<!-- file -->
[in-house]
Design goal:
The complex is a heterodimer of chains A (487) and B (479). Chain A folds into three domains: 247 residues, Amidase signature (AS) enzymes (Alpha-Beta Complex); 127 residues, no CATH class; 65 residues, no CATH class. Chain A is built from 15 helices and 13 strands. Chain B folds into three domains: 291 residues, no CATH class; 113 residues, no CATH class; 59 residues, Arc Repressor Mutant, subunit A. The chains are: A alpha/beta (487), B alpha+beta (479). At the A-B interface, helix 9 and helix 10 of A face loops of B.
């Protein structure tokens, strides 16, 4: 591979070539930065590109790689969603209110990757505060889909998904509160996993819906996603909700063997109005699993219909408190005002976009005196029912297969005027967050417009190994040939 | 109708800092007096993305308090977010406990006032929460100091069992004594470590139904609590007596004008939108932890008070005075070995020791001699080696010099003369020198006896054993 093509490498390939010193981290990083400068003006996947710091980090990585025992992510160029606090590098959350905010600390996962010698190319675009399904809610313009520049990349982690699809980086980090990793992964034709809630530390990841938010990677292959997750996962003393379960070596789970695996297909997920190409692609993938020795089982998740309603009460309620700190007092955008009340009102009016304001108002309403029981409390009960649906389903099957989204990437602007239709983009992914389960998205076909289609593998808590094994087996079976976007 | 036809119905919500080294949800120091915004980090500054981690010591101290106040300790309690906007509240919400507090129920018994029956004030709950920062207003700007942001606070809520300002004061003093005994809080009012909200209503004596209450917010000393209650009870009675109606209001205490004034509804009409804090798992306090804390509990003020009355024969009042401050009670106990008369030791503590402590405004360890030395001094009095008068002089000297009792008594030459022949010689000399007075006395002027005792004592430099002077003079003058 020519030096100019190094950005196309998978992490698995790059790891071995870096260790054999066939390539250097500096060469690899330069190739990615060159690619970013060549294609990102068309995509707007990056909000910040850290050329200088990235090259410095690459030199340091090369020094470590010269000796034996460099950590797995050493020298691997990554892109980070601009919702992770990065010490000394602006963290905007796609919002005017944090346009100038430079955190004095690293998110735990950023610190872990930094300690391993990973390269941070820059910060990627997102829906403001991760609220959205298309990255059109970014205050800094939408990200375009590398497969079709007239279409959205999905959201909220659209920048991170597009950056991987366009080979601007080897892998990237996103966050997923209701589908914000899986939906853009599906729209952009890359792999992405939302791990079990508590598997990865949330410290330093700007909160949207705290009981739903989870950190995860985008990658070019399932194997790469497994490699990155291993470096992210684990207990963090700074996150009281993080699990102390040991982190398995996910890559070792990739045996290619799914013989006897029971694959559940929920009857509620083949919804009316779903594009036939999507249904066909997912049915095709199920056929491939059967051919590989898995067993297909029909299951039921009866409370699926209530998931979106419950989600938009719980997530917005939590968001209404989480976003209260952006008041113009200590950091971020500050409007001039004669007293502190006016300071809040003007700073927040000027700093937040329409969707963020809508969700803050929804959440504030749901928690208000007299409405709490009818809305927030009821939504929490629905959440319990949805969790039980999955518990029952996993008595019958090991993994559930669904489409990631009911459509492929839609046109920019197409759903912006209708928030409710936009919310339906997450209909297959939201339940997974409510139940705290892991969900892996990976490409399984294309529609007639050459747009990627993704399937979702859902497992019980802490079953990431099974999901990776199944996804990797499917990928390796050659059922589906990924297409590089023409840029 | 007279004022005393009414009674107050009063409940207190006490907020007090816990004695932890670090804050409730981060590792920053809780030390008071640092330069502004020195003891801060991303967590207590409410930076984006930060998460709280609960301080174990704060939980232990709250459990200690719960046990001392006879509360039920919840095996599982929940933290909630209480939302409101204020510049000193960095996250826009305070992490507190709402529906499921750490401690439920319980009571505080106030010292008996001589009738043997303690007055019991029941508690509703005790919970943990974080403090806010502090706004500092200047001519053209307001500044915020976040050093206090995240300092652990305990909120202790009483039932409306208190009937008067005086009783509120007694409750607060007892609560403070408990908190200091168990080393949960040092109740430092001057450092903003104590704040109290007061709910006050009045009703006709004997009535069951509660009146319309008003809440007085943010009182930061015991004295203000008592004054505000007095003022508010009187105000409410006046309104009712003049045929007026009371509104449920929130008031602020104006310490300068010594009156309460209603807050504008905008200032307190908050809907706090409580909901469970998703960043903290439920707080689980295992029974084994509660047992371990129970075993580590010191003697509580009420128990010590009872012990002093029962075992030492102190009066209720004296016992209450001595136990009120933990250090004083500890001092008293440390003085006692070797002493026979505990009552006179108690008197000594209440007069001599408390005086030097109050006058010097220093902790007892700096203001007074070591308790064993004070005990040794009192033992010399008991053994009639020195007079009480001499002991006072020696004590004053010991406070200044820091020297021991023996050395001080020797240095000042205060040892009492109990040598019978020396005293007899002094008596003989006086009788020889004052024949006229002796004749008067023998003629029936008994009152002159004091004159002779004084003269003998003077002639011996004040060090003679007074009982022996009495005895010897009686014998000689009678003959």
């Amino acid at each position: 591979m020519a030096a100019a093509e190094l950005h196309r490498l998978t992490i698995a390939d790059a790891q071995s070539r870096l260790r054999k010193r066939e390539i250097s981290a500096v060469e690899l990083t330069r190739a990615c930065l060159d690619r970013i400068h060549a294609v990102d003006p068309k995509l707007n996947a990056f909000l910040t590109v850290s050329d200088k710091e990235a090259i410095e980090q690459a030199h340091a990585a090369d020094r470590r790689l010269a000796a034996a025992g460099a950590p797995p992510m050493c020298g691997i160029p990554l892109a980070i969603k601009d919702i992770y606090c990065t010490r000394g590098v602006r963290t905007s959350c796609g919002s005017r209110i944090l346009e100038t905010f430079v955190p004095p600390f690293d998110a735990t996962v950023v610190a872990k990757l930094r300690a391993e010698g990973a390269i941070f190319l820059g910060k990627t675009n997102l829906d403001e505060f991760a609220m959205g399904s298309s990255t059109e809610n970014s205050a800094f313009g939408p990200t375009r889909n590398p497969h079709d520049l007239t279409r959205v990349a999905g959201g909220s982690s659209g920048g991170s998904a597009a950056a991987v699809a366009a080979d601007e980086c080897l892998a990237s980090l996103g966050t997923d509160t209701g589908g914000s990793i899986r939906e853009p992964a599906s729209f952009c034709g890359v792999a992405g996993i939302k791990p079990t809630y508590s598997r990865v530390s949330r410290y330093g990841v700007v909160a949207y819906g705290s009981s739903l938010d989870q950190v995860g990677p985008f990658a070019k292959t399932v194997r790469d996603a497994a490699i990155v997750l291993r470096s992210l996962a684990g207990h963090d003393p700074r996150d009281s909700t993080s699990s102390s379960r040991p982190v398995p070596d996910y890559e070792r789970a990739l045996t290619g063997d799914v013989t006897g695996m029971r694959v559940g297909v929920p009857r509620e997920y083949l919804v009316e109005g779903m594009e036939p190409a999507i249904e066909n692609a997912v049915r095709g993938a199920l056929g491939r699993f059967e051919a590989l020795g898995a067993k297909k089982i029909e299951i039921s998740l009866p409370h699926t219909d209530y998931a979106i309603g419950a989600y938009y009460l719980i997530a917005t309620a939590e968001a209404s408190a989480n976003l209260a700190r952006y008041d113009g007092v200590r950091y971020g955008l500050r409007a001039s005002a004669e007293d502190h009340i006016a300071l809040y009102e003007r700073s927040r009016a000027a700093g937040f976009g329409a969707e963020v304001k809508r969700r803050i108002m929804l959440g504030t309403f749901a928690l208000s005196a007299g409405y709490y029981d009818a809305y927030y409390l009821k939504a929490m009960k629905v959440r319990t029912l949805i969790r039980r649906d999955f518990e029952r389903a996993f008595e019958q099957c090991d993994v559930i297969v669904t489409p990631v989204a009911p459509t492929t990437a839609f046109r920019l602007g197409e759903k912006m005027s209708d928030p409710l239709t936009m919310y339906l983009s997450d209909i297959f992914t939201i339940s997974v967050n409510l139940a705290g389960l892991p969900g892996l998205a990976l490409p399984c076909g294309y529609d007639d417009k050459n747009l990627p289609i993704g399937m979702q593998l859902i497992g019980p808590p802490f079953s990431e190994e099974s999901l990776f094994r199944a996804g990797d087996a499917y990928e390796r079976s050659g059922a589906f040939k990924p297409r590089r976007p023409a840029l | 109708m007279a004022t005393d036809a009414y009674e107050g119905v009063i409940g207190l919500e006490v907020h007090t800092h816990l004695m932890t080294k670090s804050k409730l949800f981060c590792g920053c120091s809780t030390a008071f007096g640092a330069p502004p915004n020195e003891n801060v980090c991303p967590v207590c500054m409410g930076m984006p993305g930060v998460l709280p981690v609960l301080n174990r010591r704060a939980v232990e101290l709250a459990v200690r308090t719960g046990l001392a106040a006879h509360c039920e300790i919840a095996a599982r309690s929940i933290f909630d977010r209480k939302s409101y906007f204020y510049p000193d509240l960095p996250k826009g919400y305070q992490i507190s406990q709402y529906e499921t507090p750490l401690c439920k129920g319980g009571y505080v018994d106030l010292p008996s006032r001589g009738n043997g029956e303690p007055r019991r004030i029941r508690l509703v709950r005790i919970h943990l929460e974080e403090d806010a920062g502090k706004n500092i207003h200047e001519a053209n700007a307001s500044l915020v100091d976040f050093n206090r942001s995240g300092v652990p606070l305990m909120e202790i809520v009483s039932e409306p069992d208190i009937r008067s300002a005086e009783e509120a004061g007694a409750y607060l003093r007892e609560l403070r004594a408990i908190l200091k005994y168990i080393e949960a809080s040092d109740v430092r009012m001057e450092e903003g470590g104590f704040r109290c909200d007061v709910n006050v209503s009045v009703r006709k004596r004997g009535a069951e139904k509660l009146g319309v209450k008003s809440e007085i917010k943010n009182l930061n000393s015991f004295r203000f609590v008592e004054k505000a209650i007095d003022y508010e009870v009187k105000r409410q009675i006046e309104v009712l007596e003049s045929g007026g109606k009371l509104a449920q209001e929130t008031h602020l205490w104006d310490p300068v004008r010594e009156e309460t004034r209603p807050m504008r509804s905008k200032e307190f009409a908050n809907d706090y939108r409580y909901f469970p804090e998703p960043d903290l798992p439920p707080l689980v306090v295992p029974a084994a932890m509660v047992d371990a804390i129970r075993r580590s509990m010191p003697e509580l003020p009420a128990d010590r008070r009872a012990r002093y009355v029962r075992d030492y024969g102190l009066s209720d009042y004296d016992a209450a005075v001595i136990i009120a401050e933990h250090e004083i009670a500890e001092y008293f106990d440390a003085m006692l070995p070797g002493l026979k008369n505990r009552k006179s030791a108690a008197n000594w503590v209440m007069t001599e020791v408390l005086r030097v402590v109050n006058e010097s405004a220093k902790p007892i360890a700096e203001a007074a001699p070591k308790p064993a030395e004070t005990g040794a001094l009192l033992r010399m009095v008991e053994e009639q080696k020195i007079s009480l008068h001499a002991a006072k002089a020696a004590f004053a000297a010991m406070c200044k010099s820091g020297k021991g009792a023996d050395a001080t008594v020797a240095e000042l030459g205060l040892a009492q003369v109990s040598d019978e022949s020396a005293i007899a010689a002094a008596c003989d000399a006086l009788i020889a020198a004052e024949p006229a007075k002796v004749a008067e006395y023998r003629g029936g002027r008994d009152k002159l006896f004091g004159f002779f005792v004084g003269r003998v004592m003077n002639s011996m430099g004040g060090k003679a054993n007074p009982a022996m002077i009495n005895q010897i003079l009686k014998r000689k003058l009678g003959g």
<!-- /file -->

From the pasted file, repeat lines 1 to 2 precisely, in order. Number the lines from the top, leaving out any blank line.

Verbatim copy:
[in-house]
Design goal: